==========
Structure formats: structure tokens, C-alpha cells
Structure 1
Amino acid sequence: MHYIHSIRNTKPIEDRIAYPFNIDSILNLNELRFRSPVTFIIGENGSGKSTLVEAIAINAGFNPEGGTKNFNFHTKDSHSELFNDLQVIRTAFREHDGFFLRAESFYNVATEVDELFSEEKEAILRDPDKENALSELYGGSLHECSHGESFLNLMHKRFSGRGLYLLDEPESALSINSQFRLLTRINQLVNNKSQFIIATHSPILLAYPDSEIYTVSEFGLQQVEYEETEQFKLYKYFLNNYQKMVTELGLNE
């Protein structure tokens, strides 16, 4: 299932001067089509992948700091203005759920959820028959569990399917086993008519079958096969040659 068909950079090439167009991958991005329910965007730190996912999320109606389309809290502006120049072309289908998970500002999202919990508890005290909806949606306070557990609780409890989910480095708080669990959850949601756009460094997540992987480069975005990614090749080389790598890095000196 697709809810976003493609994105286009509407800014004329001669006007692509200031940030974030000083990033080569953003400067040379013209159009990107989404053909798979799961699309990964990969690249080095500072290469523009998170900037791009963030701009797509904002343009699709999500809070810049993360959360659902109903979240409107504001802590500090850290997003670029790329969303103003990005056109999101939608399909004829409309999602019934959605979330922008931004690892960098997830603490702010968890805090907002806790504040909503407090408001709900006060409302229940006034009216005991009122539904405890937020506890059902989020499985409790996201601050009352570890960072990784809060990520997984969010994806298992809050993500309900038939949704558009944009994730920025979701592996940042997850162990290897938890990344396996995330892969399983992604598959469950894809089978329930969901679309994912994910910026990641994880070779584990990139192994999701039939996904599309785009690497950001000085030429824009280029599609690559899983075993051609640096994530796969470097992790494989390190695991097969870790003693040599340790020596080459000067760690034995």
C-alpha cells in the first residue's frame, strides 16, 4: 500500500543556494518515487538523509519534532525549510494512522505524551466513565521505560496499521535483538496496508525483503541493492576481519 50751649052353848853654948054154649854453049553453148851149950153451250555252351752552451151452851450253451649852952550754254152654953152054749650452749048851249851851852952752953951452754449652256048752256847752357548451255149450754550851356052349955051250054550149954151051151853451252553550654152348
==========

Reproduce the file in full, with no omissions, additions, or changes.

Structure formats: structure tokens, C-alpha cells
Structure 1
Amino acid sequence: MHYIHSIRNTKPIEDRIAYPFNIDSILNLNELRFRSPVTFIIGENGSGKSTLVEAIAINAGFNPEGGTKNFNFHTKDSHSELFNDLQVIRTAFREHDGFFLRAESFYNVATEVDELFSEEKEAILRDPDKENALSELYGGSLHECSHGESFLNLMHKRFSGRGLYLLDEPESALSINSQFRLLTRINQLVNNKSQFIIATHSPILLAYPDSEIYTVSEFGLQQVEYEETEQFKLYKYFLNNYQKMVTELGLNE
């Protein structure tokens, strides 16, 4: 299932001067089509992948700091203005759920959820028959569990399917086993008519079958096969040659 068909950079090439167009991958991005329910965007730190996912999320109606389309809290502006120049072309289908998970500002999202919990508890005290909806949606306070557990609780409890989910480095708080669990959850949601756009460094997540992987480069975005990614090749080389790598890095000196 697709809810976003493609994105286009509407800014004329001669006007692509200031940030974030000083990033080569953003400067040379013209159009990107989404053909798979799961699309990964990969690249080095500072290469523009998170900037791009963030701009797509904002343009699709999500809070810049993360959360659902109903979240409107504001802590500090850290997003670029790329969303103003990005056109999101939608399909004829409309999602019934959605979330922008931004690892960098997830603490702010968890805090907002806790504040909503407090408001709900006060409302229940006034009216005991009122539904405890937020506890059902989020499985409790996201601050009352570890960072990784809060990520997984969010994806298992809050993500309900038939949704558009944009994730920025979701592996940042997850162990290897938890990344396996995330892969399983992604598959469950894809089978329930969901679309994912994910910026990641994880070779584990990139192994999701039939996904599309785009690497950001000085030429824009280029599609690559899983075993051609640096994530796969470097992790494989390190695991097969870790003693040599340790020596080459000067760690034995």
C-alpha cells in the first residue's frame, strides 16, 4: 500500500543556494518515487538523509519534532525549510494512522505524551466513565521505560496499521535483538496496508525483503541493492576481519 50751649052353848853654948054154649854453049553453148851149950153451250555252351752552451151452851450253451649852952550754254152654953152054749650452749048851249851851852952752953951452754449652256048752256847752357548451255149450754550851356052349955051250054550149954151051151853451252553550654152348